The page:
Mental Health Co-morbidity in Children and Adolescents with Fetal Alcohol Spectrum Disorder

  • Author / Creator
    Tamana, Sukhpreet K
  • Children and adolescents with Fetal Alcohol Spectrum Disorder (FASD) present with a range of physical, mental, behavioral, and cognitive challenges which can result in poor long-term outcomes. Mental health issues affect over 90% of individuals with FASD and is the most common and pressing secondary problem affecting children and adolescents with FASD or prenatal alcohol exposure (PAE). I examined the pattern and rates of mental health disorders diagnosed, the role of risk and protective factors on these outcomes, and the impact of having a mental health co-morbidity upon neurobehavioral functioning in children and adolescents with FASD/PAE. In Study 1, I retrospectively examined the prenatal and postnatal risk factors associated with internalizing and externalizing mental health disorders diagnosed in a large sample of children and adolescents (n = 209) aged 3 to 17 years assessed for an FASD. Findings revealed that 54.8% of our sample were diagnosed with a mental health disorder, and up to 33.3% were at-risk for a mental health diagnosis. The most common co-morbidities reported in our sample included ADHD (46.9%, n = 98), Anxiety (10.5%, n = 22), Attachment Disorder (9.6%, n = 20), ODD or Conduct Disorder (7.7%, n = 16), PTSD (7.7%, n = 16), and Depression (6.2%, n = 13). Children with a history of 4 or more Adverse Childhood Experiences (ACEs) were at 4 times increased risk for having an internalizing mental health diagnosis. Age at assessment and exposure to abuse or neglect emerged as significant risk factors for an internalizing disorder, while sleep issues, gestational weight, drug use during pregnancy, and number of pregnancies emerged as significant risk factors for an externalizing disorder. Living in a two-parent home emerged as a protective factor associated with an externalizing disorder, whereas living in a non-fostercare placement at the time of FASD assessment, biological parent history of behavioral issues or legal issues, and lower intellectual ability, were identified as protective factors associated with an internalizing disorder. Protective factors identified in this study as being associated with positive mental health outcomes are most likely due to receiving increased supports and services. In Study 2, I compared the neurobehavioral profile of 24 children and adolescents with FASD/PAE, aged 9 to 19 years, with and without a mental health co-morbidity. Children and adolescents with a mental health co-morbidity showed trends towards greater difficulty on measures of executive function, memory and learning, attention, and behavior. Parent reported executive behavior difficulties correlated with increased behavioral problems measured on two mental health rating-scales. Results from this research have important implications for improving mental health screening and care among children and adolescents with FASD. Future directions and implications regarding mental health outcomes among children and adolescents with FASD are discussed.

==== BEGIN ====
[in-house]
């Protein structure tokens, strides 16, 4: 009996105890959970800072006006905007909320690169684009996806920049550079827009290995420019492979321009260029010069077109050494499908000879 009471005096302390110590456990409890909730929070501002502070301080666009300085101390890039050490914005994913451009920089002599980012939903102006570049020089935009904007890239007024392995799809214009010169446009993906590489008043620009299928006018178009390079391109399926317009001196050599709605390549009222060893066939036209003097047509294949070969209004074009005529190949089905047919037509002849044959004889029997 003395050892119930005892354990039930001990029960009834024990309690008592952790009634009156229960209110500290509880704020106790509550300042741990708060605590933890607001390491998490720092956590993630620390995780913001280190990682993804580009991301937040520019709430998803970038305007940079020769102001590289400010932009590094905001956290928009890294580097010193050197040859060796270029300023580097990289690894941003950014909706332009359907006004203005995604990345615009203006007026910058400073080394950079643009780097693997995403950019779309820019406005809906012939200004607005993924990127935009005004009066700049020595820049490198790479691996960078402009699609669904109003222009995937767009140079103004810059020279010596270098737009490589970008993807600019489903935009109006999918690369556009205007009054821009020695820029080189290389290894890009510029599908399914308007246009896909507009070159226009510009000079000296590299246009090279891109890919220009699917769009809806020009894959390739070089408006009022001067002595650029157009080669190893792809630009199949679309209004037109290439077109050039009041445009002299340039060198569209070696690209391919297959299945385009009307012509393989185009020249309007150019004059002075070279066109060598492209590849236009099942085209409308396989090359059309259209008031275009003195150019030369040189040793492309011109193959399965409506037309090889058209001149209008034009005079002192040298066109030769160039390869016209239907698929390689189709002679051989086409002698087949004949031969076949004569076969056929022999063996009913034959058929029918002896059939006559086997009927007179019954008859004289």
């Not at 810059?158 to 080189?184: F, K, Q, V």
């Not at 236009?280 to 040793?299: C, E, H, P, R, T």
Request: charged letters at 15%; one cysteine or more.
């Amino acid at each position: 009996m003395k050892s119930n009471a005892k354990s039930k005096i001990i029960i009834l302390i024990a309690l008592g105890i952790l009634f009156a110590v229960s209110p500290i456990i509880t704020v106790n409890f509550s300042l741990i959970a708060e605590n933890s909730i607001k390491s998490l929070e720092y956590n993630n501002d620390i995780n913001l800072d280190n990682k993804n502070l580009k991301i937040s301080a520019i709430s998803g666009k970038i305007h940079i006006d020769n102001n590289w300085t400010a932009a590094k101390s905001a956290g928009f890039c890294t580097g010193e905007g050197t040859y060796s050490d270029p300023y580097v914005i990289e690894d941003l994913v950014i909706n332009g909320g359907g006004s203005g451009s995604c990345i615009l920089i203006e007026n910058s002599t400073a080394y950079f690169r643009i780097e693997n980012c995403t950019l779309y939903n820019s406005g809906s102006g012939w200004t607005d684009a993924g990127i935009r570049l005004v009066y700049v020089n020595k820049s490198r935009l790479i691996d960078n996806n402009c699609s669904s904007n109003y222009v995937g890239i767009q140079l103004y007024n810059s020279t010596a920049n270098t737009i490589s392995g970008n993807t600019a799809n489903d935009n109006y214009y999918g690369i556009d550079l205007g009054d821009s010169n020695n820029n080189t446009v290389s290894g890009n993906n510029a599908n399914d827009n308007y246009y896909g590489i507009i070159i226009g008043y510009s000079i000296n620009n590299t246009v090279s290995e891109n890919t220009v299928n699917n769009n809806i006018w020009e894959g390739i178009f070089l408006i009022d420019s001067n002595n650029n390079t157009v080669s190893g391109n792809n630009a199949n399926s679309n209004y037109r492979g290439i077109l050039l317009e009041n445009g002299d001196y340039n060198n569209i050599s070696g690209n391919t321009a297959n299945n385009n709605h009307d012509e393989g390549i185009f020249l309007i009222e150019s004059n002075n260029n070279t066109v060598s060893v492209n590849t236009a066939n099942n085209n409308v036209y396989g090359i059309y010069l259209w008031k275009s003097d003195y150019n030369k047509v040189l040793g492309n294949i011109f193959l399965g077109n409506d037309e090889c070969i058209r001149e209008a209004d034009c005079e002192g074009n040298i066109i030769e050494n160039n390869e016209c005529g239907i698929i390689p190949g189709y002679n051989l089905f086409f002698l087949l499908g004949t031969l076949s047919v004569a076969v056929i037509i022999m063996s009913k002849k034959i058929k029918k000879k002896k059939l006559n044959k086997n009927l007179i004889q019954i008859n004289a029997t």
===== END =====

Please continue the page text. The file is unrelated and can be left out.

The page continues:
• Subjects / Keywords
  • Graduation date
    Spring 2016
  • Type of Item
  • Degree
    Doctor of Philosophy
  • DOI
  • License
    This thesis is made available by the University of Alberta Libraries with permission of the copyright owner solely for non-commercial purposes. This thesis, or any portion thereof, may not otherwise be copied or reproduced without the written consent of the copyright owner, except to the extent permitted by Canadian copyright law.
  • Language
  • Institution
    University of Alberta
  • Degree level
  • Department
  • Specialization
    • Psychological Studies in Education
  • Supervisor / co-supervisor and their department(s)
  • Examining committee members and their departments
    • Sophie Yohani (Educational Psychology)
    • Damien Cormier (Educational Psychology)
    • Jonathan Weiss (Psychology, York University)
    • Christina Rinaldi (Educational Psychology)
    • Sandra Wiebe (Psychology)
    • George Buck (Educational Psychology)